Urinary tract infections (UTI) are a very common condition that tends to affect women more often than men. The proximity of the urethra to the anus, as well as the shortness of the urethra make women more vulnerable to a bacterial infection. The bacteria can easily spread from the urethra to the bladder, and even up to the kidneys if left untreated.
The cause of a urinary tract infection is typically due to the following:
Some women experience recurrent UTI for an unknown reason.
There are several factors that can increase your risk for UTI, including pregnancy, menopause, sexual activity, urinary catheter use, and a history of having a UTI.
A severe urinary tract infection can spread from the urethra to the bladder, and into the kidneys. Left untreated, this can cause scarring and damage to the kidneys. Rarely, a UTI may result in sepsis, a reaction by your entire body to the uncontrolled bacterial infection. This can require hospitalization, and may even result in death. Having a UTI may also make you more vulnerable to UTI in the future.
In pregnant women, urinary tract infections can result in a premature birth, or low birth weight.
If you suspect you may be having a urinary tract infection, it's a good idea to consult with your doctor. He or she can help recognize your symptoms and recommend the best treatment. The physicians at Magee Women's Hospital of UPMC specialize in care for women, and are conveniently located with more than 30 locations throughout western Pennsylvania.
To make an appointment, or for more information about any of our services, please call 1-866-MyMagee (696-2433).
You might have a UTI if you are experiencing the following symptoms:
Fortunately, UTI is easy to diagnose with a simple urine test. You will be asked to provide a urine sample that will either be submitted to a laboratory, or will be tested on a special test strip in the doctor's office. A physical exam, looking for pain in the abdomen or lower back, will also be done, as well as taking your temperature.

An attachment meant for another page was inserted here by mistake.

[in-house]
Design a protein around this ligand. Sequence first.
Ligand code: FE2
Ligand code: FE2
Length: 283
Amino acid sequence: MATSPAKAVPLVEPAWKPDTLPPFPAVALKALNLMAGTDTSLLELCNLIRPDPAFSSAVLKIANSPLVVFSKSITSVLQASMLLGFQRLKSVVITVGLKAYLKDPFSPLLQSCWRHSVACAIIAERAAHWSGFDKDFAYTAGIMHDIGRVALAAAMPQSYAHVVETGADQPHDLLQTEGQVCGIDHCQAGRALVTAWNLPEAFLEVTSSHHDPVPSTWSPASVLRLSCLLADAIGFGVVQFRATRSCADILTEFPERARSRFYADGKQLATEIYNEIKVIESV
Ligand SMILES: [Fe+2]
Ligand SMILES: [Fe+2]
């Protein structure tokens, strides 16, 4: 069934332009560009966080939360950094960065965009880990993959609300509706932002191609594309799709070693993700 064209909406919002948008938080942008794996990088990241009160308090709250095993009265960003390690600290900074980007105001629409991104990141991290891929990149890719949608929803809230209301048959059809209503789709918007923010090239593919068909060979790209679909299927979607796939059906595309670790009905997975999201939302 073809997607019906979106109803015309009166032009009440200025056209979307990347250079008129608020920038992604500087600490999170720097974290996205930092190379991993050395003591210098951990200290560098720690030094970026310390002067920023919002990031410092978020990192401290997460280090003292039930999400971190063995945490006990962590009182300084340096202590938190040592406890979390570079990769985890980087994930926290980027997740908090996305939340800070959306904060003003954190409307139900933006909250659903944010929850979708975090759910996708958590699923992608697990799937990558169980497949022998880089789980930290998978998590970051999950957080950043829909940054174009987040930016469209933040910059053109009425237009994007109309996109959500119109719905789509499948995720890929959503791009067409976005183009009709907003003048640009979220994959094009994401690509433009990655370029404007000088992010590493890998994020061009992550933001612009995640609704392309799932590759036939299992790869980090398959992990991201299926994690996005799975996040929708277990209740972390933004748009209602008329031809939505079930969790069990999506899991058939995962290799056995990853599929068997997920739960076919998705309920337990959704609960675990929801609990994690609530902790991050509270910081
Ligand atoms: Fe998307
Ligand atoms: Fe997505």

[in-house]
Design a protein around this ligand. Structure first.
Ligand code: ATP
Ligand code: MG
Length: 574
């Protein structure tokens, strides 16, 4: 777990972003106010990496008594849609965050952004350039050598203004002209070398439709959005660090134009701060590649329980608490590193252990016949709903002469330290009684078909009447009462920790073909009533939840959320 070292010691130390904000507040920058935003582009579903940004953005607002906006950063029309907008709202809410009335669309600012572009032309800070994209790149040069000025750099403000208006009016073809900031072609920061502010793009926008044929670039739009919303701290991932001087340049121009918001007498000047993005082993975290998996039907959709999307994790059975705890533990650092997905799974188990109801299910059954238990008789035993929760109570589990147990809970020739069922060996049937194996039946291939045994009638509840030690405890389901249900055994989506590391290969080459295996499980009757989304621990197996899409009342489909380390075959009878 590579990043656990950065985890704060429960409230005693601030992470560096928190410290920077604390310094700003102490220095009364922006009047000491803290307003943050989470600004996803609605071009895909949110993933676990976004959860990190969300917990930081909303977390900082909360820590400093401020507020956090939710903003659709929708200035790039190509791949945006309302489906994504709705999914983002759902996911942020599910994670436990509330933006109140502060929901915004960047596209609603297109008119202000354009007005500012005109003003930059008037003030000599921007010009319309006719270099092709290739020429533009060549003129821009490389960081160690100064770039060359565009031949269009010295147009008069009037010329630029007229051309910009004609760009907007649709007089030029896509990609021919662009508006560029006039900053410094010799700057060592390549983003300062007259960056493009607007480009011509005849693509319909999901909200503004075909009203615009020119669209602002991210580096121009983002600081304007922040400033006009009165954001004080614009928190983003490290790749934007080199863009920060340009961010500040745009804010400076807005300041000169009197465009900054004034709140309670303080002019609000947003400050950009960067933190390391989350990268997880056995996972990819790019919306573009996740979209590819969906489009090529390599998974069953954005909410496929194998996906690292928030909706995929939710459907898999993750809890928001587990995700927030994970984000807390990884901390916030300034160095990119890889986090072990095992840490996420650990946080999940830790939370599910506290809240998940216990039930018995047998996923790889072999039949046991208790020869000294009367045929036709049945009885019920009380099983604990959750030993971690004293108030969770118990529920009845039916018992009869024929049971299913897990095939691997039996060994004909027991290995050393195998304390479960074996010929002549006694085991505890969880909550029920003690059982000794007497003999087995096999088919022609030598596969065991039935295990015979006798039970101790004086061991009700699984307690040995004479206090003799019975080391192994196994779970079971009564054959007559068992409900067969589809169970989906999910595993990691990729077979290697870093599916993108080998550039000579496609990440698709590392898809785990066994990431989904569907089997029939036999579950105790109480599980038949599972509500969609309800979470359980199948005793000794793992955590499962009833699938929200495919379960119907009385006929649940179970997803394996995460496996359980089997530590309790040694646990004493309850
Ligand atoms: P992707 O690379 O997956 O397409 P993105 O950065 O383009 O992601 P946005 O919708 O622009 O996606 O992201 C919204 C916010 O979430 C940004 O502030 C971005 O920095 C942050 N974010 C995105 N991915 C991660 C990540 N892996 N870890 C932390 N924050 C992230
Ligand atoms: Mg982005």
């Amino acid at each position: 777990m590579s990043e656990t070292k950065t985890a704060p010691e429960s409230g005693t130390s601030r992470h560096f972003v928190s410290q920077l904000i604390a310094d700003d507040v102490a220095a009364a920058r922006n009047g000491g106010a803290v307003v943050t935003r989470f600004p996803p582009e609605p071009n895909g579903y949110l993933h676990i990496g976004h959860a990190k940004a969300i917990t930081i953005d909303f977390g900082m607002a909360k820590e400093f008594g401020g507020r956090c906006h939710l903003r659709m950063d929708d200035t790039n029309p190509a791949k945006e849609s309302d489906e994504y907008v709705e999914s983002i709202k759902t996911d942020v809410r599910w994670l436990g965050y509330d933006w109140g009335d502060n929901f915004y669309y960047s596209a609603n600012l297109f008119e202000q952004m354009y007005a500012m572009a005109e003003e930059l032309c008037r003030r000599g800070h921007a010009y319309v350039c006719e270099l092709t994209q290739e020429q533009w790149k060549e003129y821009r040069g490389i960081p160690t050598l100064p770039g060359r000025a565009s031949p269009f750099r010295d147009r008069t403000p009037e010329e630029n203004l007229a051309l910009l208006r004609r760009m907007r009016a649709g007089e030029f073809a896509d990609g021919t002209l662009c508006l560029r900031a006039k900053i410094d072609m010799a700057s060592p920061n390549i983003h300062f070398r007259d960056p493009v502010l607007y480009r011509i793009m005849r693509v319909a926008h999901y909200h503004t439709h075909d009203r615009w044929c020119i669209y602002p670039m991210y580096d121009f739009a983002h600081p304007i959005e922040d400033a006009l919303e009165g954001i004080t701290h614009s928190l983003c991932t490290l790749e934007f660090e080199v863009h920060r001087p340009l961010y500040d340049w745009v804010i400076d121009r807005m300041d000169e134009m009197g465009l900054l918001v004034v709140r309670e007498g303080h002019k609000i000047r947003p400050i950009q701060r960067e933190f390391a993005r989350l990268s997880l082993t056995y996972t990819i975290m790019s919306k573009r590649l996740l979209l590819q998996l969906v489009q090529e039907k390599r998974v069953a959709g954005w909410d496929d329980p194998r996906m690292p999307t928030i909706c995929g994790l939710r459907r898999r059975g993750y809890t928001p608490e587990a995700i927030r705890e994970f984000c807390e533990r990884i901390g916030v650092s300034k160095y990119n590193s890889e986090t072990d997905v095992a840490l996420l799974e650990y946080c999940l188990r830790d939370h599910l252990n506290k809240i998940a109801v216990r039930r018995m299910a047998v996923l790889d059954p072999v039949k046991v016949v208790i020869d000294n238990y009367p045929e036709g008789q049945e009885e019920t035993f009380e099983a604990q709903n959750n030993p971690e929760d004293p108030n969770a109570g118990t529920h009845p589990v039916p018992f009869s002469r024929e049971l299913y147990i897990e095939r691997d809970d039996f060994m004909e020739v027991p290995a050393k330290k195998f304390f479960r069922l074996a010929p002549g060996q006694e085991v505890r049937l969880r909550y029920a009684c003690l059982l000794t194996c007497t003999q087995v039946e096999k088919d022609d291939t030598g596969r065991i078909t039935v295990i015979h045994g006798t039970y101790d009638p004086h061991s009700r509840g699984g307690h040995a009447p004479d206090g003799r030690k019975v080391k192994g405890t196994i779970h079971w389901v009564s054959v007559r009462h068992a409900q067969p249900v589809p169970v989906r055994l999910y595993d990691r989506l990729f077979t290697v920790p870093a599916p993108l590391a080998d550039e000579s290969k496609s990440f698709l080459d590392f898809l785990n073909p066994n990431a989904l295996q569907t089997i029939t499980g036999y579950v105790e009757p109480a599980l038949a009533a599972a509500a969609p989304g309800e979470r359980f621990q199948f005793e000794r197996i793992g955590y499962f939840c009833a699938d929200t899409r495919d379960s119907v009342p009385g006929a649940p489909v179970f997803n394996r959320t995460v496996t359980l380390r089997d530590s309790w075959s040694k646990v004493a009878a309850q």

If you have recurrent UTI, your doctor may recommend more in-depth testing to determine the cause.
If you are experiencing the symptoms of UTI, you should consult with your doctor as soon as possible. You can request an appointment with the expert doctors at Magee Womens Hospital of UPMC who will thoroughly assess your symptoms and get you the care that you deserve.
If you are diagnosed with UTI, it's likely that your doctor will prescribe an oral antibiotic to help kill the bacteria. More severe infections that result in sepsis or a bladder infection may need to be treated with intravenous antibiotics.
In addition to antibiotics, your doctor may advise you to drink plenty of water, and urinate frequently, completely emptying your bladder each time.
If symptoms do not resolve, you may be required to do further tests, or take a different form of antibiotic to prevent complications.
Antibiotics can occasionally cause allergic reactions in some people, so if you are having a reaction to the antibiotic, inform your doctor right away. If you are having an anaphylactic reaction (swelling of the throat preventing breathing) call 911.
Also, antibiotics may kill helpful bacteria in the vagina and perianal area. This can increase your likelihood of getting an overgrowth of yeast, resulting in a yeast infection. An antifungal can be used to treat this side effect of antibiotic use.
Magee Womens Hospital of UPMC is consistently ranked in the top gynecological hospitals in the U.S. You can expect competent, compassionate care from our medical professionals.
University of Pittsburgh Physicians Division of Gynecologic Specialties
300 Halket St.
Pittsburgh, PA 15213
Affiliated with the University of Pittsburgh Schools of the Health Sciences |
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